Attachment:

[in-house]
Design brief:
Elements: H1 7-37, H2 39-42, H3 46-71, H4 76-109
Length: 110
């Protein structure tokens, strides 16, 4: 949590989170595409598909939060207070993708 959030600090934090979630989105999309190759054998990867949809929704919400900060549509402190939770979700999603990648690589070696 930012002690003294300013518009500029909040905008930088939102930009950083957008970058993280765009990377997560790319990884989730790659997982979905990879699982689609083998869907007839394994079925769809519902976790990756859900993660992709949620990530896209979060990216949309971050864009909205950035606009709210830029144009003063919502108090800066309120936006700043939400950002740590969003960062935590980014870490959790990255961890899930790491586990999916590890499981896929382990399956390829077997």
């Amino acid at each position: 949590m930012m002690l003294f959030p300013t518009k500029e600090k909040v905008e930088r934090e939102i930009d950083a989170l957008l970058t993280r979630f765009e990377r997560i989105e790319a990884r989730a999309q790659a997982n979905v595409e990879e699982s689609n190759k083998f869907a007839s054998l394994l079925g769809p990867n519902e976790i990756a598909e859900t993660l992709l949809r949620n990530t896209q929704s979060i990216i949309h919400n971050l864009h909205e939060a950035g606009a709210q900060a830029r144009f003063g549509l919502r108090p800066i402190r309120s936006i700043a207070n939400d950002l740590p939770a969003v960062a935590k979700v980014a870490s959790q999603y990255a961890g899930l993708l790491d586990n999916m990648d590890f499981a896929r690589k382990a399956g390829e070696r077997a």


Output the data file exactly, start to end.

[in-house]
Design brief:
Elements: H1 7-37, H2 39-42, H3 46-71, H4 76-109
Length: 110
């Protein structure tokens, strides 16, 4: 949590989170595409598909939060207070993708 959030600090934090979630989105999309190759054998990867949809929704919400900060549509402190939770979700999603990648690589070696 930012002690003294300013518009500029909040905008930088939102930009950083957008970058993280765009990377997560790319990884989730790659997982979905990879699982689609083998869907007839394994079925769809519902976790990756859900993660992709949620990530896209979060990216949309971050864009909205950035606009709210830029144009003063919502108090800066309120936006700043939400950002740590969003960062935590980014870490959790990255961890899930790491586990999916590890499981896929382990399956390829077997």
């Amino acid at each position: 949590m930012m002690l003294f959030p300013t518009k500029e600090k909040v905008e930088r934090e939102i930009d950083a989170l957008l970058t993280r979630f765009e990377r997560i989105e790319a990884r989730a999309q790659a997982n979905v595409e990879e699982s689609n190759k083998f869907a007839s054998l394994l079925g769809p990867n519902e976790i990756a598909e859900t993660l992709l949809r949620n990530t896209q929704s979060i990216i949309h919400n971050l864009h909205e939060a950035g606009a709210q900060a830029r144009f003063g549509l919502r108090p800066i402190r309120s936006i700043a207070n939400d950002l740590p939770a969003v960062a935590k979700v980014a870490s959790q999603y990255a961890g899930l993708l790491d586990n999916m990648d590890f499981a896929r690589k382990a399956g390829e070696r077997a």